The website shows that 204 projects have been funded so far with over $400 million from the GGRF, with a projected reduction of almost 9 million tonnes of greenhouse gas emissions–but Tracey warns the GHG numbers are lower than what they ultimately will show. “There has been some delay between the announcements of awards and the release of project details,” she said.

At the moment there are many gaps in the data. This is partly because the funding programs are new, and some agencies are still figuring out what information they need to gather and how to do it.

“We don’t have enough data yet to do additional quantifications,” said Ryan Wiggins, TransForm’s cap-and-trade campaign manager. “In some cases [the agencies] have been responsive; in other cases the data has been slow in coming, and it comes piecemeal. However, we definitely recognize that it’s not easy, and that it will take time.”

As the data becomes available, the team at TransForm will continue to fill in the gaps.

The site includes a detailed discussion of how the data was gathered, where gaps exist and why, and what TransForm and their partners did to make data consistent. Most of it comes straight from the state agencies that administer the programs. For example, all greenhouse gas reductions were calculated by the responsible agencies using ARB-defined quantification methods.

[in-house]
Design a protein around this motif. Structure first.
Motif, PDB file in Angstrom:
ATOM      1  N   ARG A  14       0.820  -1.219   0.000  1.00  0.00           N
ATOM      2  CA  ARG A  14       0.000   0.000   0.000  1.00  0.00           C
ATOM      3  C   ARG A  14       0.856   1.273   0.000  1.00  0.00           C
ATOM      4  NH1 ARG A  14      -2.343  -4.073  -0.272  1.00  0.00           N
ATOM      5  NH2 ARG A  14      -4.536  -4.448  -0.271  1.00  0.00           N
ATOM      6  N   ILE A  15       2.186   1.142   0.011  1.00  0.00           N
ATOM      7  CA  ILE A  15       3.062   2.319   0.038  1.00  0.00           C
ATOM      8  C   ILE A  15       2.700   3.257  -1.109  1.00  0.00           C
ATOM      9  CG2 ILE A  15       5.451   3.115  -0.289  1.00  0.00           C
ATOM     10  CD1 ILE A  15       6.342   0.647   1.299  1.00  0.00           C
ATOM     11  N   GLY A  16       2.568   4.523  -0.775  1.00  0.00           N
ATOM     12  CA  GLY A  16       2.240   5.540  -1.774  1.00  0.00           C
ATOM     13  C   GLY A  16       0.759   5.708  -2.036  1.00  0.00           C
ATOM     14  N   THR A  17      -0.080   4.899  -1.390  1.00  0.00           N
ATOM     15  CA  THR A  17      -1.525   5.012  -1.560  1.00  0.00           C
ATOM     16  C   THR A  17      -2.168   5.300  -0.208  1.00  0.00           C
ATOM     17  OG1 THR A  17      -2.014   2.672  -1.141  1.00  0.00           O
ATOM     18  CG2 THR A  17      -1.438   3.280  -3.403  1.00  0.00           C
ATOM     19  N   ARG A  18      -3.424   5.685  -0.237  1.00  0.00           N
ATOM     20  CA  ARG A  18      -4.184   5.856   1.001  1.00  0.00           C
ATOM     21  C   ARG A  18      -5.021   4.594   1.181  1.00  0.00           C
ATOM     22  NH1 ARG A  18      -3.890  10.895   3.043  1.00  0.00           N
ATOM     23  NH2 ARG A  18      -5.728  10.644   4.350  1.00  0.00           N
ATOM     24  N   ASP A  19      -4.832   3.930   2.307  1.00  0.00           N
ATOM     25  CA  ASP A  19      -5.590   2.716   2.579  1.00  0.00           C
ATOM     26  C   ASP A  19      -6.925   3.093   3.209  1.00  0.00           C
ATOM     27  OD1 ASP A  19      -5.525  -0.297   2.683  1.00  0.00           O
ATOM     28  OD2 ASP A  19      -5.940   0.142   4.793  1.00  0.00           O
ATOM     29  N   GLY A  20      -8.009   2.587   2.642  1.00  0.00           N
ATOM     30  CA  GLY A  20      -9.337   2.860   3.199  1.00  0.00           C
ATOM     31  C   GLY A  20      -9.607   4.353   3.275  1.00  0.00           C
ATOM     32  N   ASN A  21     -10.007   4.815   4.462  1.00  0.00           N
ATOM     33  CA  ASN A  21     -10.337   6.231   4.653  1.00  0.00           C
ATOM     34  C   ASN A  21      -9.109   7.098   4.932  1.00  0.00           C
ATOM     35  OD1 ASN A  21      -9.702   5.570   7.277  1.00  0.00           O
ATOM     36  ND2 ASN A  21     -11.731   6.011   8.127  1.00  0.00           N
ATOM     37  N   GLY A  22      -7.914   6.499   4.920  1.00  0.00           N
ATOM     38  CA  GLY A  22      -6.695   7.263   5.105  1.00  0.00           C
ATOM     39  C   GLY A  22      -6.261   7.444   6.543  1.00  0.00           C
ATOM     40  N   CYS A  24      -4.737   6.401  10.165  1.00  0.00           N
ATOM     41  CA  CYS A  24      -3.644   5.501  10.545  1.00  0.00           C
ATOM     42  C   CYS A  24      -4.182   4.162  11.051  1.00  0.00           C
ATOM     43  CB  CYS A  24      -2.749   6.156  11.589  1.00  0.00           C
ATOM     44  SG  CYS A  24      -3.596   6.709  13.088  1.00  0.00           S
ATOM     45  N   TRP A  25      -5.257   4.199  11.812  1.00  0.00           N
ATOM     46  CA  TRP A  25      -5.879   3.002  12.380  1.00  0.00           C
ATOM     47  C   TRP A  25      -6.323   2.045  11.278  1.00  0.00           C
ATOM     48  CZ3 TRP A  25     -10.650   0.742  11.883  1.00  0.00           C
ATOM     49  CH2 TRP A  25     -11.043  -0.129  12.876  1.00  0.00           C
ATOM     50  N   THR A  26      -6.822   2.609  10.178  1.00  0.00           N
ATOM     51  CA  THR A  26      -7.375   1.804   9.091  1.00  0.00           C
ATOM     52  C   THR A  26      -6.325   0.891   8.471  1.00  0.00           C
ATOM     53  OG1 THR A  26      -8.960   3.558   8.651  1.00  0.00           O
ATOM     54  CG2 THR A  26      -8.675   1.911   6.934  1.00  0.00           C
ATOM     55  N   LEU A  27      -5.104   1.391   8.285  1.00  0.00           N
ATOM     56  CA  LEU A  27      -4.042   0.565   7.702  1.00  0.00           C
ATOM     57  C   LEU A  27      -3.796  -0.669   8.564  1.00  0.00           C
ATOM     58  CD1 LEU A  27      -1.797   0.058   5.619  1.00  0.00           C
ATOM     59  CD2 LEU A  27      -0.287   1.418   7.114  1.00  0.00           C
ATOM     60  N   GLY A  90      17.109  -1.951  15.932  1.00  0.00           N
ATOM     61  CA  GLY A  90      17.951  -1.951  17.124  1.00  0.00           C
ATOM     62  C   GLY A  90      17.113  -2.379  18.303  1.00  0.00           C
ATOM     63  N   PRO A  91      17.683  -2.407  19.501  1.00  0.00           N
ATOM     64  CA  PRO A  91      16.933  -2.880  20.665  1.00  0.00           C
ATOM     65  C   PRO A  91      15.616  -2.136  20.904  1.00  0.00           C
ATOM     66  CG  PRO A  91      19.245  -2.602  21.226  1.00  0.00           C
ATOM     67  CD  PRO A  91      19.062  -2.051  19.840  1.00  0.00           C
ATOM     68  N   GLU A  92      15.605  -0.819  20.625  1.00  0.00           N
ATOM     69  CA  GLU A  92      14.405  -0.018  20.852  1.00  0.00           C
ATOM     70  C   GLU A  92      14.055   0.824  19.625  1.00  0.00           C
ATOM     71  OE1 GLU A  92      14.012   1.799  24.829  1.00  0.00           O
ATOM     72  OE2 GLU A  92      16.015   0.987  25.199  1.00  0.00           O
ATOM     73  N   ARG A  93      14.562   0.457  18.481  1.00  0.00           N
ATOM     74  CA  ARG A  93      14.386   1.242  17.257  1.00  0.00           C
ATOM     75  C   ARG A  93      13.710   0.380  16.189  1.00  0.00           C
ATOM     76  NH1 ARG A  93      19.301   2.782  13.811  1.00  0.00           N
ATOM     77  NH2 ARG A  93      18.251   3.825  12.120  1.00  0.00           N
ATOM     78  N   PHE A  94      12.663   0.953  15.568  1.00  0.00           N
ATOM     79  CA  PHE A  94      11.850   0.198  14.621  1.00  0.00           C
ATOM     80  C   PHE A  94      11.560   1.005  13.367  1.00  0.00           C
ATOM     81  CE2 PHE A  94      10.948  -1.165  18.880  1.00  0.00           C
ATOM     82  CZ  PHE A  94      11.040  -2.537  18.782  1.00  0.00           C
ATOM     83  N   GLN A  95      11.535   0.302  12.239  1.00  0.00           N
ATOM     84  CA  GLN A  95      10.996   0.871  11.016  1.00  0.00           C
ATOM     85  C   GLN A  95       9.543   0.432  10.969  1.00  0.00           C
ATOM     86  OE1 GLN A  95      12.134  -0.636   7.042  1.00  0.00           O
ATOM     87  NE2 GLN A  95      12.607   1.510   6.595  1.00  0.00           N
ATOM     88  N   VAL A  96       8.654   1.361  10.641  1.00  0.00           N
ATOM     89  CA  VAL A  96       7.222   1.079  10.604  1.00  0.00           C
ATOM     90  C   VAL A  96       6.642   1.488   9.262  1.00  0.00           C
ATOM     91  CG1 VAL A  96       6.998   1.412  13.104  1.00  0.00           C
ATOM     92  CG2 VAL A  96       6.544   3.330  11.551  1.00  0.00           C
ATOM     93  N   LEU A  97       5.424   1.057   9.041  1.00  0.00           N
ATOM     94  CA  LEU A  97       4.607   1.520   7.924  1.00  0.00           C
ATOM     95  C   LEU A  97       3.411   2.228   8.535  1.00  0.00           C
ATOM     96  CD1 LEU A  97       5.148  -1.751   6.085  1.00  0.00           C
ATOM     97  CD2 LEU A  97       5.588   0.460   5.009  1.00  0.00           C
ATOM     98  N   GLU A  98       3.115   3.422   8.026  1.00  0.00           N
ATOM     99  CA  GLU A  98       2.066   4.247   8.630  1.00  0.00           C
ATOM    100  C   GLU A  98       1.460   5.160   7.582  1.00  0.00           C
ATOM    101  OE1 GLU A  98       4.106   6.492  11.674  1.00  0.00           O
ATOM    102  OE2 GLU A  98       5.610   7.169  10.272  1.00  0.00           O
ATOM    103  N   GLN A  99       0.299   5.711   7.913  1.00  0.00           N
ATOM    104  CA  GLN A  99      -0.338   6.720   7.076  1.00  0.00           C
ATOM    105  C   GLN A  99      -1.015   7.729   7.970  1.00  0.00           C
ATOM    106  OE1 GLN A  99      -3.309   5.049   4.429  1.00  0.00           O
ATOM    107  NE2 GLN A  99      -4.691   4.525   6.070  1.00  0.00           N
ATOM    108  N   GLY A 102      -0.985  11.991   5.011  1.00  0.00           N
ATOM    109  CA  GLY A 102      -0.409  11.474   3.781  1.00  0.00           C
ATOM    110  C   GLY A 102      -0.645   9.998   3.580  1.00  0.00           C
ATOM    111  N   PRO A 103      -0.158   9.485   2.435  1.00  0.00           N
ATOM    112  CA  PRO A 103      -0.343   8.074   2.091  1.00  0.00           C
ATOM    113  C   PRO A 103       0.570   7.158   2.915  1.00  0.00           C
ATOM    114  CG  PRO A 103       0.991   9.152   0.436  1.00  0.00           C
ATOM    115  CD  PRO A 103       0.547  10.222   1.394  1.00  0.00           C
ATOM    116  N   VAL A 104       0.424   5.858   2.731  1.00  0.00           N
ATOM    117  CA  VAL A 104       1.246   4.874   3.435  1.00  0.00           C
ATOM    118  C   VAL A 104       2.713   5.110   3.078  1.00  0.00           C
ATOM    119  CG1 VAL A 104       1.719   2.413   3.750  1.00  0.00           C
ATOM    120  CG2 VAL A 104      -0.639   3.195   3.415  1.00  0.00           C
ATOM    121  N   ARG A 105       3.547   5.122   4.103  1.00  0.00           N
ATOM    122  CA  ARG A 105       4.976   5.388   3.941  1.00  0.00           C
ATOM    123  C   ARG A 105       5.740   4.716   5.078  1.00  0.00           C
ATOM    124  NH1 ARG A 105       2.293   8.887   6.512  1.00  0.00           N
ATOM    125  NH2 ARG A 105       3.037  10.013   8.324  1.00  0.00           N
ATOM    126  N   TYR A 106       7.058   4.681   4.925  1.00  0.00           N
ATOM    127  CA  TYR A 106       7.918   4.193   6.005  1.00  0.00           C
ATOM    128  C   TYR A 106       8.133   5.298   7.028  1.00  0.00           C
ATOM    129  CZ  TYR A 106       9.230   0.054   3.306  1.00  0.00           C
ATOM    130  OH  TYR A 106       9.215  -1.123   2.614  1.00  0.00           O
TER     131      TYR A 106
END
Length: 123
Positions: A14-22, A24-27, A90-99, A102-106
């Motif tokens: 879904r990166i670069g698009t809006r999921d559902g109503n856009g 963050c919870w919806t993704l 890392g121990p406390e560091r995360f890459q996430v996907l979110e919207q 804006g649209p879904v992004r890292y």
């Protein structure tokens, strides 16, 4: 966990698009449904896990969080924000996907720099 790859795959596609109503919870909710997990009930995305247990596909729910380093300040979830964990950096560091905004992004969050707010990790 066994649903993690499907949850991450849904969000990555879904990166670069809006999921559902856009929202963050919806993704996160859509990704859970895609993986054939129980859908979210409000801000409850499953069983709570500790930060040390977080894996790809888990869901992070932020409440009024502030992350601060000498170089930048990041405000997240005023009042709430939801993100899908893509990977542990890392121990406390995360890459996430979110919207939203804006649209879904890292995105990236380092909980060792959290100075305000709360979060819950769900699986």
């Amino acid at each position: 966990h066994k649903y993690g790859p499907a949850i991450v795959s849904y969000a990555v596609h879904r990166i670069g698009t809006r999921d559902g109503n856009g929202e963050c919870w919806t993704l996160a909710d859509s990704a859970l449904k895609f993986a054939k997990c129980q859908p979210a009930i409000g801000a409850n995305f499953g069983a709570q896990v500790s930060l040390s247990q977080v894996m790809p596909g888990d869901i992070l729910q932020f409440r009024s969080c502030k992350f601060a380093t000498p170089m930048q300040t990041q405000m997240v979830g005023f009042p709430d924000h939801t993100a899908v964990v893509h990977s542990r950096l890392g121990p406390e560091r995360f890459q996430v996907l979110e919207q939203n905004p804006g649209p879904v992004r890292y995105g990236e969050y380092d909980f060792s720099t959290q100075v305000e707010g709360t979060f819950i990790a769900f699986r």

In some cases, data limitations will remain, and will hamper future evaluation of climate change policies. Many AHSC projects, for example, include some component of bicycle or pedestrian infrastructure. None of that information is available yet, but even when it does show up on the map it will be perfunctory. Because of the way the Strategic Growth Council is gathering data, there won’t be any more quantifiable information forthcoming beyond whether a project has a bicycle or pedestrian element.

The Air Resources Board (ARB) acknowledges that “there’s definitely a need to show the benefits that come from these projects,” according to Elizabeth Yura. She leads a team that is developing a website to collect climate change policy data and make it available to the public, but “it will be a few years before it’s ready.” That site will focus on data that agencies will be required to report, based on guidelines [PDF] currently in development.